My training ground was the great theatrical company JC Williamson, and I joined them at 18 in the chorus of My Fair Lady, and I went on for several years, only having one break for all those years, until I did Sweet Charity which was a huge break for someone as young as I was, but because I was a part of that establishment for so long I was on the spot, and it HAD to be a dancer to play Charity, and there I was. I had taken over the lead in How to Succeed when the American girl went back, I had done a lead in Boys from Syracuse and then Sweet Charity came along, and because of the great success that Jill Perryman had had with Funny Girl and years earlier that the Australian company had had with Pyjama Game, they took the risk. And they took the risk not only with me, but with a lot of other dancers, that I had been working with for all those years. Those dancers stepped up to play supporting roles with me, and so it was a very big break for all of us, I must say.
And of course then, I’ve worked very constantly I must say, but I’ve had to diversify , I’ve had to choreograph, or I’ve had to direct or do some teaching at places like NIDA or WAAPA, because to sustain a career, which now is 55 years long, you have to be able to adapt, you have to be able to roll with the punches and find a way when you get to a certain age. I mean I’ve now moved onto the lovely Mrs. Higgenses, Madame Armfelds and the Maid in Beyond Desire, to that area, so it’s just keeping yourself going so that something comes up that you’re right for and that you’re the right age for.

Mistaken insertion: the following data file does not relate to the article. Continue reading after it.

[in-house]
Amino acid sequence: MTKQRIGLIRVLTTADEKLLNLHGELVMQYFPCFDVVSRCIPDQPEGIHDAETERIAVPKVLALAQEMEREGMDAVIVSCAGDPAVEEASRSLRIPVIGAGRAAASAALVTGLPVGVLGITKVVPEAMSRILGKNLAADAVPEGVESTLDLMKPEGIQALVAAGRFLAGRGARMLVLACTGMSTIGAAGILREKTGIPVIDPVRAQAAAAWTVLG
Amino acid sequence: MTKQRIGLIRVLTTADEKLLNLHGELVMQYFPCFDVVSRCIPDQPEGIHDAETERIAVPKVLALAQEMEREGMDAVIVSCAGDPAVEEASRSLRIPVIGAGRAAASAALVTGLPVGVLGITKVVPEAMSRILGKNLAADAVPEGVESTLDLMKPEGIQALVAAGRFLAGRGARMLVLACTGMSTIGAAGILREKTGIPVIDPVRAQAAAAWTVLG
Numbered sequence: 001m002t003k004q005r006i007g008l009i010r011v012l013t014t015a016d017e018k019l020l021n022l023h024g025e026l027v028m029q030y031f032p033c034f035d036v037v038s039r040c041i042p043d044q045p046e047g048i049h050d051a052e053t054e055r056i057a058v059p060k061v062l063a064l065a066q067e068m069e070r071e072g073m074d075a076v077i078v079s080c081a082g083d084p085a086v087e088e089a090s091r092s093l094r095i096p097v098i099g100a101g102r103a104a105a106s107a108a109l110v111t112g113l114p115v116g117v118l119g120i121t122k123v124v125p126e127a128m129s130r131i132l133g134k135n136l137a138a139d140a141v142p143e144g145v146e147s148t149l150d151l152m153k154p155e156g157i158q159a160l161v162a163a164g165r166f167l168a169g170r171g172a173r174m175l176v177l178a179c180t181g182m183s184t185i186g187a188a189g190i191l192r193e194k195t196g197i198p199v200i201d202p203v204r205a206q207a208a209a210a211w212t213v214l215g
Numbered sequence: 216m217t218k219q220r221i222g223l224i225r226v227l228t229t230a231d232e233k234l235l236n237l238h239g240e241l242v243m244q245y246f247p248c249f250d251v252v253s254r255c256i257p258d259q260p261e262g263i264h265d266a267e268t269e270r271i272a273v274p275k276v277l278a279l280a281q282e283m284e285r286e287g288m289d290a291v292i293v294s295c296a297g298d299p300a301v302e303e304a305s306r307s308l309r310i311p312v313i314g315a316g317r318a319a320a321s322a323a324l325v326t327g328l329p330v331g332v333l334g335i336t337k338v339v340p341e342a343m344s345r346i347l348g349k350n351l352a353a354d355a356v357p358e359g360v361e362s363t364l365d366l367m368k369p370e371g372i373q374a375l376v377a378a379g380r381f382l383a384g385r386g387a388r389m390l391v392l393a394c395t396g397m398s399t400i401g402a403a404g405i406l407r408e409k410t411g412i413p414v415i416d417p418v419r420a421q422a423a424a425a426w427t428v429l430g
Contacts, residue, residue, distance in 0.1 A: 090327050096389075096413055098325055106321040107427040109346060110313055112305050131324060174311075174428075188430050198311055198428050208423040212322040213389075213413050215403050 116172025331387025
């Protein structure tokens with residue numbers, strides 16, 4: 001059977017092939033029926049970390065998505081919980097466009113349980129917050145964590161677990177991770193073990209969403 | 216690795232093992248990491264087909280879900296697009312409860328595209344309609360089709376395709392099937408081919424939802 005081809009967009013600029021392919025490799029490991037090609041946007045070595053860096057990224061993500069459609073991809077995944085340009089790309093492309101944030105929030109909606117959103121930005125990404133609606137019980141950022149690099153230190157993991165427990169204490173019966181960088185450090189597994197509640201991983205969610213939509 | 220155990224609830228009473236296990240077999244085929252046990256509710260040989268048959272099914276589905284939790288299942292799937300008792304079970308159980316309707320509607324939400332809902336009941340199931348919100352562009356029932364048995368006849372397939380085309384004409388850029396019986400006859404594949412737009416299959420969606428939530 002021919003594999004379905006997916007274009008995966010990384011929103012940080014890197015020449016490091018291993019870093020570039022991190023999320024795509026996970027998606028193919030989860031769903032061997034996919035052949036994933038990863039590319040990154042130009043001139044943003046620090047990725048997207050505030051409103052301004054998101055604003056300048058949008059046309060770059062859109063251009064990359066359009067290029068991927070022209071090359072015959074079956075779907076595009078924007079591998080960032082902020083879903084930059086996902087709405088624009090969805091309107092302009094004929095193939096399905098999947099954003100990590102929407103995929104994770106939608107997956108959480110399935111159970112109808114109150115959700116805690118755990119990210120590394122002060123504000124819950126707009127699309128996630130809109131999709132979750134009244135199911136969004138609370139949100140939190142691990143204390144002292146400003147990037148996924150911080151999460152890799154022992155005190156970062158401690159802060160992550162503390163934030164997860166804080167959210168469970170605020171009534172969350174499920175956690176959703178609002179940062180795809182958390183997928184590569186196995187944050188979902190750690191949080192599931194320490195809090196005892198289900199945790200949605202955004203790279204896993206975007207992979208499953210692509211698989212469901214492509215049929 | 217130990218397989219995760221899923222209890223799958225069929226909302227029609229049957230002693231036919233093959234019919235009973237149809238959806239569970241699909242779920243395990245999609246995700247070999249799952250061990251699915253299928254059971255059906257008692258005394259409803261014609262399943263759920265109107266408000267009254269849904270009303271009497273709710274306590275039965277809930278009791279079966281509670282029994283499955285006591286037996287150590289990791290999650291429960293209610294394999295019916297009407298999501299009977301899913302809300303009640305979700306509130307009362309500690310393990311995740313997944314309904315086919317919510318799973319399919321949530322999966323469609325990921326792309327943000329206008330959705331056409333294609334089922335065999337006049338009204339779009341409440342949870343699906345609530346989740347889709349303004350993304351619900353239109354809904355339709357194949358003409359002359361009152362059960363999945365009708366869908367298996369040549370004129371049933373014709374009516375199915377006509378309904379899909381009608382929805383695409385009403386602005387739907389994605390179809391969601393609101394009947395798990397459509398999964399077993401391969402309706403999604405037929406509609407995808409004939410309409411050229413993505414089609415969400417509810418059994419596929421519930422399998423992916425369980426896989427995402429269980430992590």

CF: On to Sondheim, can you tell me about the first time you came across his work? Do you remember how it made you feel?
NH: The first one I think was Company, no actually the first one I saw was A Little Night Music done by JC Williamson in 1974 just before they finished, and I thought it was so beautiful. In New York, I’ve only seen two Sondheim shows, one being Pacific Overtures written for the bicentennial year which was absolutely amazing, and I was so thrilled I got to see that in its original season, and the other one was Angela Lansbury in Sweeney Todd, and it was an unforgettable.. you know.. the memory of that is so strong still in my mind, sitting in that theatre and that whistle going, and this extraordinary show happening and this wonderful woman, and her great comedy and the singing, and the sweeping music and the pace of it, the look of it.. the WHOLE THING, right up until that wonderful exit where she slammed that door behind her, and I was in New York, so I was up all night waiting for that moment when I could ring someone in Australia and say “I’ve just seen something EXTRAORDINARY”.
Melbourne Recital Centre
Southbank Boulevard, Southbank, Melbourne
May 24 – 25, 2016
TICKETS ON SALE NOW
Tickets from $89.90 – $159.90
Tel: 03 9699 3333